Jonathan Wild appeared almost two decades after the real master criminal of that name had been hanged and a year after the fall from power of the corrupt British prime minister Robert Walpole, who was frequently likened to Wild. Henry Fielding did not intend to write another biography of Wild, who was no longer at the forefront of public interest, nor was there any point in reiterating the points of similarity between Wild and Walpole, which had been pointed out by so many others, most unforgettably by Fielding’s friend and fellow Tory John Gay in The Beggar’s Opera (1728). It is true that shortly before his death Fielding revised his novel, removing a number of references to Walpole. However, even in its original form, Jonathan Wild was not primarily an attack on Walpole or on his Whig party, which remained in power after his departure from the government. Instead, Fielding’s book is philosophical in nature, an examination of two ways of life, which may be contrasted through the use of one familiar character from the annals of crime and a whole set of characters from the author’s imagination. Fielding wanted to show his readers that, whatever their circumstances, they had the power to choose between being “great,” and ending in misery, and being “good,” which would lead them to happiness or at least to inner peace.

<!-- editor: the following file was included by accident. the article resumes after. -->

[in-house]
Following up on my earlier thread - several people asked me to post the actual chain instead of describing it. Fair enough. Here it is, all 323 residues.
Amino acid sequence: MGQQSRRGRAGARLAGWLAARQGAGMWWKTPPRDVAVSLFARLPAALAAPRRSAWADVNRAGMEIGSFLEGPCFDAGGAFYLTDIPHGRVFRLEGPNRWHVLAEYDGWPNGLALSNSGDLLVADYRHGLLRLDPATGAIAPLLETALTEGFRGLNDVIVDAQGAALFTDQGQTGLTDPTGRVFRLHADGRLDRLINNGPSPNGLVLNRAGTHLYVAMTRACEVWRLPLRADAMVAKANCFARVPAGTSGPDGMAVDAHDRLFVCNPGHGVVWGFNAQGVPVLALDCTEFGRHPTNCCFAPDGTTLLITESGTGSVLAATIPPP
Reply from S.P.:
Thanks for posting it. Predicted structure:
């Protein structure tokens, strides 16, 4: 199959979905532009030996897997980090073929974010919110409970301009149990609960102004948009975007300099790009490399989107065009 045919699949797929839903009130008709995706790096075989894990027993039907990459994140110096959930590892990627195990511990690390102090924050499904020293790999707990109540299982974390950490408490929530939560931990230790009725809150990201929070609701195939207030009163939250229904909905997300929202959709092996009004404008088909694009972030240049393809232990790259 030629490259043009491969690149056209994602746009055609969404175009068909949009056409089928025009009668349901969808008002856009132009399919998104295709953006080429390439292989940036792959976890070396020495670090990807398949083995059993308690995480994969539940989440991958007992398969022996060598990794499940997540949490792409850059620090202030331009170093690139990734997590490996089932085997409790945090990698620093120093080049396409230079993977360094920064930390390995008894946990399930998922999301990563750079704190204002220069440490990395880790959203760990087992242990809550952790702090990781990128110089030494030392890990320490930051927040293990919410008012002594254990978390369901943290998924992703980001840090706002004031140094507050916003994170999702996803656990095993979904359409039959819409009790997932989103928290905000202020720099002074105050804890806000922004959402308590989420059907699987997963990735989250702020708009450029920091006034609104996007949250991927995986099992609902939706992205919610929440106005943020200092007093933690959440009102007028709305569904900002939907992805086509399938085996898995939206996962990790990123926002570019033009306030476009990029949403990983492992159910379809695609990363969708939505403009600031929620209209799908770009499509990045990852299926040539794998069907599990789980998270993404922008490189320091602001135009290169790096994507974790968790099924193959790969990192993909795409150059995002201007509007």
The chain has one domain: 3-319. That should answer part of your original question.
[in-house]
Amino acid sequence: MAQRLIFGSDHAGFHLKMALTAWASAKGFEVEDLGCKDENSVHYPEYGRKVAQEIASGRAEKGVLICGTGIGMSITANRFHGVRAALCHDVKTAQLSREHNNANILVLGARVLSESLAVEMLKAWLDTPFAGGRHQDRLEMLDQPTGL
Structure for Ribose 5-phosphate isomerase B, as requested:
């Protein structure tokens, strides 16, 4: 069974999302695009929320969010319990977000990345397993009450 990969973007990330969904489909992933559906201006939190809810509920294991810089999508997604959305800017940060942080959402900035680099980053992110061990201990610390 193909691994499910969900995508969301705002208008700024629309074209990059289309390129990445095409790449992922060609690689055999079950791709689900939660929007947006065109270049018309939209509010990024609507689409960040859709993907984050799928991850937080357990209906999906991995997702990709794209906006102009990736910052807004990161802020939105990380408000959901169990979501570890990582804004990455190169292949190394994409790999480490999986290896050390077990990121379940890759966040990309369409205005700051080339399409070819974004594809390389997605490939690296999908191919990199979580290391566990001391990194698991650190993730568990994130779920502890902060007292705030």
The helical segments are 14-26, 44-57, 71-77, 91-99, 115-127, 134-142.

As the full title of the book indicates, Wild represents the first alternative. His hero is Alexander the Great, and he sets himself to become “great.” His purpose in life is not only to obtain power over as many people as possible but also to prove to himself that he is superior to everyone else. Thus he cheats the wily count and betrays the members of his gang not merely to enrich himself or even to inspire fear in others, but, more important, to give himself an excuse for admiring his own intelligence.
On the other hand, in keeping with his name, Thomas Heartfree is generous to a fault, giving and forgiving. Honest himself, he expects others to be the same. As a result, as Fielding says, he seems to be the natural victim of “great” men such as Wild, who consider “goodness” to be just another name for “silliness.” It is not surprising that Wild and his confederates take advantage of Heartfree. What at first seems more puzzling is Wild’s determination to annihilate the inoffensive Heartfree, who on the face of it is a far less worthy opponent than a clever crook such as the count.
(The entire section is 1017 words.)